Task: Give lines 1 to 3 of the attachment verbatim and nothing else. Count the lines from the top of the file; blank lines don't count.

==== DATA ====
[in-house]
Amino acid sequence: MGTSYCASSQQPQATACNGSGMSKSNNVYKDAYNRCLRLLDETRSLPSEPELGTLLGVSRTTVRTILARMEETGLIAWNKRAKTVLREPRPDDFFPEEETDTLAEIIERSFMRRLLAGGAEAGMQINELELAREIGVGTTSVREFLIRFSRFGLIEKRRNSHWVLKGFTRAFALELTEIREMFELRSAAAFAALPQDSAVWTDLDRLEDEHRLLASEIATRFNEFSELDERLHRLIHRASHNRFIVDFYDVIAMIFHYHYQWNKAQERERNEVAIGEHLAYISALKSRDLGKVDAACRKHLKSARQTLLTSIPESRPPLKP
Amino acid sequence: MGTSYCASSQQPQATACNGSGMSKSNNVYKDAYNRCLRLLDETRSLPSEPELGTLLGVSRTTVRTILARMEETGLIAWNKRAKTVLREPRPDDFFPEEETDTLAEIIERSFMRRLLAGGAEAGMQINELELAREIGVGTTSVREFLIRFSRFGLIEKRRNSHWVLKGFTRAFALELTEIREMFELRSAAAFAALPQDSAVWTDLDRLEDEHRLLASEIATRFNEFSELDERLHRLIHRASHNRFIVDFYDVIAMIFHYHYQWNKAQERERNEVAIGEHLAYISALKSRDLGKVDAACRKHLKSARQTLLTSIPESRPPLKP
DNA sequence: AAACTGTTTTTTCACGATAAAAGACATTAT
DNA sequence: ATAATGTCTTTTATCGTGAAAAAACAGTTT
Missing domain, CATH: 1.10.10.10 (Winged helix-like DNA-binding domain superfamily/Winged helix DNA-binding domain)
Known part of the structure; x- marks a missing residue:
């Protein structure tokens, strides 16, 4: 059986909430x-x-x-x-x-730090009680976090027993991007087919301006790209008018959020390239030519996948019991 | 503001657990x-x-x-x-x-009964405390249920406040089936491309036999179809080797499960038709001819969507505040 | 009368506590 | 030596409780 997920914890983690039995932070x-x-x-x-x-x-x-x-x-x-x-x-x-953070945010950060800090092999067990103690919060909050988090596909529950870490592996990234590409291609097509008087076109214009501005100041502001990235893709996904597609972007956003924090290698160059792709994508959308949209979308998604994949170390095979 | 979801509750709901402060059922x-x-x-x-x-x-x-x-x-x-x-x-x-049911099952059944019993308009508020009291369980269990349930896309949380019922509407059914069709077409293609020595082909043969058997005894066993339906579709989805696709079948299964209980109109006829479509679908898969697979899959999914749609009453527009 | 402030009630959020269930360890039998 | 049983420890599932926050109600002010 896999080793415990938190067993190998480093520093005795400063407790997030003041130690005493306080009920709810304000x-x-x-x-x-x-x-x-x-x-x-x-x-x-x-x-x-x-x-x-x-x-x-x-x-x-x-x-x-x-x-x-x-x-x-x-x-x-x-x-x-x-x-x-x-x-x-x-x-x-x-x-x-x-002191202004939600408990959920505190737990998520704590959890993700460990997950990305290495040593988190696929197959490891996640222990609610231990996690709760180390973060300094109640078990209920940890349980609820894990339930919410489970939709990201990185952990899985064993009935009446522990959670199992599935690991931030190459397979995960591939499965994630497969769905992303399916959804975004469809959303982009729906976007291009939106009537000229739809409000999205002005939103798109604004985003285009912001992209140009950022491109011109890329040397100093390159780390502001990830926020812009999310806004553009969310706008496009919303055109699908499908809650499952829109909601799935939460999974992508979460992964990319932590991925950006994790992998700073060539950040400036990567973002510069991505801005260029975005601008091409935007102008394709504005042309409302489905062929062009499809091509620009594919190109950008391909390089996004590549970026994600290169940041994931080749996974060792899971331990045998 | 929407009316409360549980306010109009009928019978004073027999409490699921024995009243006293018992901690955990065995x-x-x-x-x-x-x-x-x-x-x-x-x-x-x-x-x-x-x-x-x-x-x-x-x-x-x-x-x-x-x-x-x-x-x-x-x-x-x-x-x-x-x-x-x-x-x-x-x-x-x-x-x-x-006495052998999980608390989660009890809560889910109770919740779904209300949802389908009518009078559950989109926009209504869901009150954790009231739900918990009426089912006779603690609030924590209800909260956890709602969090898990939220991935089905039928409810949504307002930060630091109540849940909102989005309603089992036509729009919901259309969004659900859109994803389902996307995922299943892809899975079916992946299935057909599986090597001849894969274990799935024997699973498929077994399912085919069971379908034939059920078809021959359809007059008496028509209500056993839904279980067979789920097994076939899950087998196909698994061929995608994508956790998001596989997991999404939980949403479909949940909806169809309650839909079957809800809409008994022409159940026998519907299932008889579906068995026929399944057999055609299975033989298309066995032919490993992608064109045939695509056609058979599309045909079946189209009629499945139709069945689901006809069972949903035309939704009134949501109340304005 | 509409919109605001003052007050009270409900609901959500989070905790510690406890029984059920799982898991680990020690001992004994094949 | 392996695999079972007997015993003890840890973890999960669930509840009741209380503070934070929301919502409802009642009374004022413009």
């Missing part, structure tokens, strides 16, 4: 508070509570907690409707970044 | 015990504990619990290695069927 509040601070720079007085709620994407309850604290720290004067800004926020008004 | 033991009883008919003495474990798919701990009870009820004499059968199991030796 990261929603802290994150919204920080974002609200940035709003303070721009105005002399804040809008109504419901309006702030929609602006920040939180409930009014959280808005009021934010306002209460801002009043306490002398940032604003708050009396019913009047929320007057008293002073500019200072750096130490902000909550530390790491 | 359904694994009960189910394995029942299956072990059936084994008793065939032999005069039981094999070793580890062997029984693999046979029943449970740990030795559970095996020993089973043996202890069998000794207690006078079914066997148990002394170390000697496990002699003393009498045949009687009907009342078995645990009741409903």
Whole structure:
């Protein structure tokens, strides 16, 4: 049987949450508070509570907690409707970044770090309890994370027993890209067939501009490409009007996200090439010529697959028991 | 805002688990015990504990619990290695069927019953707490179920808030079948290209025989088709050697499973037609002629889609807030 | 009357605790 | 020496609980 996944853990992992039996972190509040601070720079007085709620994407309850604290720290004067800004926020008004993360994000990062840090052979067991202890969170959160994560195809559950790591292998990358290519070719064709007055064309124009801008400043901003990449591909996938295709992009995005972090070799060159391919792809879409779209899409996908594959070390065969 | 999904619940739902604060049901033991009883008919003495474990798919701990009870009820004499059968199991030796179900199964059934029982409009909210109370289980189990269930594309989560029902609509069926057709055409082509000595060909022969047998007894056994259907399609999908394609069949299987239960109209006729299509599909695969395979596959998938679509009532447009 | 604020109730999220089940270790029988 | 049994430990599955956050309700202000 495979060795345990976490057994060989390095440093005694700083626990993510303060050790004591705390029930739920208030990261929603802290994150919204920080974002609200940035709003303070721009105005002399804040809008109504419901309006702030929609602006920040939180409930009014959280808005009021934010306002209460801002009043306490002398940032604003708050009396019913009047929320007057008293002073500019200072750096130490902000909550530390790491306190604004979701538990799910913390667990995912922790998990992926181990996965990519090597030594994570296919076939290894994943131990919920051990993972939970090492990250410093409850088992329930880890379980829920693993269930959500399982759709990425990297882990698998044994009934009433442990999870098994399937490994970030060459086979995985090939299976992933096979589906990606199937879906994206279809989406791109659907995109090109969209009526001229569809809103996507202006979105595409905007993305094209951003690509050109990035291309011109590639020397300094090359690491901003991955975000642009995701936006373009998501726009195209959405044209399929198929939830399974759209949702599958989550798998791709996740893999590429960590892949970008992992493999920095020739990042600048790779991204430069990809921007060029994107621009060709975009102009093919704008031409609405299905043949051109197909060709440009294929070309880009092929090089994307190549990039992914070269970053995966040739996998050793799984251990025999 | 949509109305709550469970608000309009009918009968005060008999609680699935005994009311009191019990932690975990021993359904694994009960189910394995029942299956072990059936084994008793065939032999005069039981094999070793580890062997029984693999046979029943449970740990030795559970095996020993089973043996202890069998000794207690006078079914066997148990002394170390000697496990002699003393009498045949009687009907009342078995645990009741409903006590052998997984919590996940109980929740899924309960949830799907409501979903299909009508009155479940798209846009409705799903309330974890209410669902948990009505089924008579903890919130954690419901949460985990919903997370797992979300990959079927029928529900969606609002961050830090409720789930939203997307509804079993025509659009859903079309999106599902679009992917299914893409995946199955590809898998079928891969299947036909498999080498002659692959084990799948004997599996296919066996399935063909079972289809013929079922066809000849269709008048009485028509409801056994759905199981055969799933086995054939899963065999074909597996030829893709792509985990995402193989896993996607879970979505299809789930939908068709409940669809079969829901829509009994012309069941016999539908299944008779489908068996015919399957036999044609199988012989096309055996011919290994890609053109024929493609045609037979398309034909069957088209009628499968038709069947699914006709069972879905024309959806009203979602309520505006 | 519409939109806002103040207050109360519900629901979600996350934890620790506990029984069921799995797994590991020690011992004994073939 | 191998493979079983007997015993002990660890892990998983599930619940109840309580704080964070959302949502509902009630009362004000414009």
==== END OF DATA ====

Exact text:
[in-house]
Amino acid sequence: MGTSYCASSQQPQATACNGSGMSKSNNVYKDAYNRCLRLLDETRSLPSEPELGTLLGVSRTTVRTILARMEETGLIAWNKRAKTVLREPRPDDFFPEEETDTLAEIIERSFMRRLLAGGAEAGMQINELELAREIGVGTTSVREFLIRFSRFGLIEKRRNSHWVLKGFTRAFALELTEIREMFELRSAAAFAALPQDSAVWTDLDRLEDEHRLLASEIATRFNEFSELDERLHRLIHRASHNRFIVDFYDVIAMIFHYHYQWNKAQERERNEVAIGEHLAYISALKSRDLGKVDAACRKHLKSARQTLLTSIPESRPPLKP
Amino acid sequence: MGTSYCASSQQPQATACNGSGMSKSNNVYKDAYNRCLRLLDETRSLPSEPELGTLLGVSRTTVRTILARMEETGLIAWNKRAKTVLREPRPDDFFPEEETDTLAEIIERSFMRRLLAGGAEAGMQINELELAREIGVGTTSVREFLIRFSRFGLIEKRRNSHWVLKGFTRAFALELTEIREMFELRSAAAFAALPQDSAVWTDLDRLEDEHRLLASEIATRFNEFSELDERLHRLIHRASHNRFIVDFYDVIAMIFHYHYQWNKAQERERNEVAIGEHLAYISALKSRDLGKVDAACRKHLKSARQTLLTSIPESRPPLKP